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Loan guarantee discussions hurt ongoing geothermal projects

Drilling rig at Neal Hot Springs, Oregon (source: US Geothermal)
Alexander Richter 19 Oct 2011

The ongoing debate about the DOE loan guarantees is hurting geothermal projects, among them a project by U.S. Geothermal that likely will not receive another loan guarantee it asked for for its San Emidio geothermal plant.

The ongoing discussions on the DOE loan guarantee program in the U.S. after the failing of a solar panel manufacturer backed by a loan guarantee, are hurting the geothermal industry.

A recent article from Idaho looks into the case of U.S. Geothermal that has received a US$96.8 million loan guarantee for its Neal Hot Spring project in Oregon. The project is now caught in the middle of the discussions on the program. It now seems to be under special observation by DOE, that already has done a two-and-a-half year review with the company having paid for independent engineering review and a separate legal review. But it is caught in the debate surrounding Solyndra.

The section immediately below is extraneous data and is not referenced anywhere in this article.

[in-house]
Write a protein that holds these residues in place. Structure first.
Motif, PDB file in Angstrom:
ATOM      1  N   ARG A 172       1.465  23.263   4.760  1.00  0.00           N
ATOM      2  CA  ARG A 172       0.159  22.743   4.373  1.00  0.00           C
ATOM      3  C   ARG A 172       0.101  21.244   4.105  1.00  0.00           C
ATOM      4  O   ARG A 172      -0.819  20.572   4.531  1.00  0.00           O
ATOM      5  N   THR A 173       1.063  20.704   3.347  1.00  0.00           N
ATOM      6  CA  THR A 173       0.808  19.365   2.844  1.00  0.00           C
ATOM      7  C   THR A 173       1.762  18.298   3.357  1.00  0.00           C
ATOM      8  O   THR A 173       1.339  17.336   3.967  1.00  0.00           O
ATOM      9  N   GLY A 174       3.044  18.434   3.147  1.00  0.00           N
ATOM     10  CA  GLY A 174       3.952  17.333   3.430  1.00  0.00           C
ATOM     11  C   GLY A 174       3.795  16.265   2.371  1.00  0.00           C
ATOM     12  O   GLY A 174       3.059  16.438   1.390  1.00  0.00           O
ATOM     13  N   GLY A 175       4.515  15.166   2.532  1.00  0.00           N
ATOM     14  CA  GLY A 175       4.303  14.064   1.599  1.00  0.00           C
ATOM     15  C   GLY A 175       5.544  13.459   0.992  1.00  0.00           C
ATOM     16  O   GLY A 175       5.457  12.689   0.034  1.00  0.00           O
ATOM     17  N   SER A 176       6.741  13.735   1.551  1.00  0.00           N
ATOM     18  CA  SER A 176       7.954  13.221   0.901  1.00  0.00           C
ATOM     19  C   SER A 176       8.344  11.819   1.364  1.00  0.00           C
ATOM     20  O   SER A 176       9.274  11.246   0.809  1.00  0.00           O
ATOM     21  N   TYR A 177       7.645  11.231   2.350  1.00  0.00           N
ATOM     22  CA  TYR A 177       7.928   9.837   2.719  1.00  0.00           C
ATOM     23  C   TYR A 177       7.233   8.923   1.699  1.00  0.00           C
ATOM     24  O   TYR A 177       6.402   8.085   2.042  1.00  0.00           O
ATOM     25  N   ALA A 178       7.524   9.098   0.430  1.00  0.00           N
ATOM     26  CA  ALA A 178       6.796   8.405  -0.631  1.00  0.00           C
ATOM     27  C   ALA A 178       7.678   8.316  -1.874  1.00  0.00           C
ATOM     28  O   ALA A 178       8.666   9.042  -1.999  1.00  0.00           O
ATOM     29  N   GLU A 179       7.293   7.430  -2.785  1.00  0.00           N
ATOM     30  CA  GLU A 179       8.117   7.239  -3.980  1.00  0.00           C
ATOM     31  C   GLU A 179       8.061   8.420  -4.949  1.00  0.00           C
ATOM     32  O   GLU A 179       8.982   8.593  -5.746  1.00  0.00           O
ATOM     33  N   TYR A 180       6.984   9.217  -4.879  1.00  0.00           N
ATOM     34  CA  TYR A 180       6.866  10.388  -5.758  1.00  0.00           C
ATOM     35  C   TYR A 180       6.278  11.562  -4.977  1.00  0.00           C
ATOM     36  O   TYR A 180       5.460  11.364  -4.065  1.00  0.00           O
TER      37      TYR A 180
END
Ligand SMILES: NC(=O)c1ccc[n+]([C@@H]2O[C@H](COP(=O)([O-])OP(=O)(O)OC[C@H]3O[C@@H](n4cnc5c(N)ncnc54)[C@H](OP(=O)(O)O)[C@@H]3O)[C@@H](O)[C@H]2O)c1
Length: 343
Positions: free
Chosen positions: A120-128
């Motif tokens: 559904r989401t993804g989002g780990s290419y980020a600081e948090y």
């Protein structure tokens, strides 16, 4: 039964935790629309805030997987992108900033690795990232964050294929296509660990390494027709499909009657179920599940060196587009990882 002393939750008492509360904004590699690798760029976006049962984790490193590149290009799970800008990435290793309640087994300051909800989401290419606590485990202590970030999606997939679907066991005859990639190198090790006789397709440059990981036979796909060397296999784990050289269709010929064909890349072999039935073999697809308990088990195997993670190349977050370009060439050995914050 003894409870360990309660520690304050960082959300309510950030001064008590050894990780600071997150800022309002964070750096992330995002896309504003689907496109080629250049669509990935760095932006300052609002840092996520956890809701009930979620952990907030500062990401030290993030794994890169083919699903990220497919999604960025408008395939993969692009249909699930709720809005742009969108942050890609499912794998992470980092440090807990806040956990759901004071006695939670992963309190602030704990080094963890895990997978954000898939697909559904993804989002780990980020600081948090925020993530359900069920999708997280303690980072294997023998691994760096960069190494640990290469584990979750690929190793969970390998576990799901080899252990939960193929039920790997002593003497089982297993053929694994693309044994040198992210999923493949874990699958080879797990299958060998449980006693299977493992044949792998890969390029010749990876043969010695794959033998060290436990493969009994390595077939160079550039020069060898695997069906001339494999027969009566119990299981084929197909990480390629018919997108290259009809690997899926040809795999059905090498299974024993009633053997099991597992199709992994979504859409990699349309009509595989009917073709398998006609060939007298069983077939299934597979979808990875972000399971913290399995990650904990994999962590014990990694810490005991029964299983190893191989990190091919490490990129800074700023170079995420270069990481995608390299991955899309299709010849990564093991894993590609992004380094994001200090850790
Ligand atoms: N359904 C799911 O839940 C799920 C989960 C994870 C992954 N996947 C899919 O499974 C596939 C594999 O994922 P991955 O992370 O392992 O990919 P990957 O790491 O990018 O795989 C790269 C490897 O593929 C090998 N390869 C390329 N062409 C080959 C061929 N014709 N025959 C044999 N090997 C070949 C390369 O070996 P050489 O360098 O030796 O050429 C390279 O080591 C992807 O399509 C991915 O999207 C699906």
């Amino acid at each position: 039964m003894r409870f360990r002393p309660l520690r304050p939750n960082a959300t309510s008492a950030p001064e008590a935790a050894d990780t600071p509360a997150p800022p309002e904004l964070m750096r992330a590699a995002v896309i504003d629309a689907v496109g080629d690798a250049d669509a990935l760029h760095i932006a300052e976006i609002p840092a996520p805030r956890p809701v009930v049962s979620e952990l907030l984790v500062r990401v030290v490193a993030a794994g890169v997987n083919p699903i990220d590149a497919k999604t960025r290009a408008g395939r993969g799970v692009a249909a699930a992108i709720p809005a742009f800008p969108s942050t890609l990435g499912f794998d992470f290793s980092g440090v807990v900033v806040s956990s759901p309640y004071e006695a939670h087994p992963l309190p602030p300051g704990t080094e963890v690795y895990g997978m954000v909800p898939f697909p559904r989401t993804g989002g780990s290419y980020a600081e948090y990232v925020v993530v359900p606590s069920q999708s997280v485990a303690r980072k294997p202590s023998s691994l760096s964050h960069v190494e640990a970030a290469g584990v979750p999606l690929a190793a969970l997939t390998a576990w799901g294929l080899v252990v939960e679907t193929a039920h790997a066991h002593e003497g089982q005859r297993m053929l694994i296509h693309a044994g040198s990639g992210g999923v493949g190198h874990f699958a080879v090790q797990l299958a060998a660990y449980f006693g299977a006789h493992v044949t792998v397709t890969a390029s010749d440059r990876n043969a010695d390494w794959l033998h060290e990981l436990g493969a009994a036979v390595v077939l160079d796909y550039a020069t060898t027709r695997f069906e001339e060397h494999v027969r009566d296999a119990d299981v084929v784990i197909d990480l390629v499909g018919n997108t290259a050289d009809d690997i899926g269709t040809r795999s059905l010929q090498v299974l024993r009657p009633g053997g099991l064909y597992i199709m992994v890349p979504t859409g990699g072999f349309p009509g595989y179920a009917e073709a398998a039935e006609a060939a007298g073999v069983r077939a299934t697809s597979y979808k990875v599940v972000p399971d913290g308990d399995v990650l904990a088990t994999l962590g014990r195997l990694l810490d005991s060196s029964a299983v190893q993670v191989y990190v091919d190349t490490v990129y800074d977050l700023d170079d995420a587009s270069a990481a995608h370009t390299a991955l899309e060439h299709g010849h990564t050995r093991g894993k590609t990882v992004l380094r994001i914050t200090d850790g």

Independent from the political stand in this debate, it simply is hurting businesses and investors investing in renewable energy projects.

U.S. Geothermal’s CEO Dan Kunz said, ““DOE has a great program and put together a first-rate team to do loans, but ran out of time,” he said. “Congress imposed a hard stop.”

Again the differences between the Solyndra case and a loan guarantee for a geothermal project are of importance in this discussions. Guarantees for geothermal companies are given to individual projects that already have secured a power purchase agreement, so they already are backed up. Furthermore are they project-bound meaning if the company is in trouble, the project still would be able to pay for the guarantee.

Essentially loan guarantees support investors otherwise not willing to take the risk, and as Dan Kunz says “If they want us to take these risks, then don’t make this partisan”. So party politics don’t help ,

Source: Idaho Statesman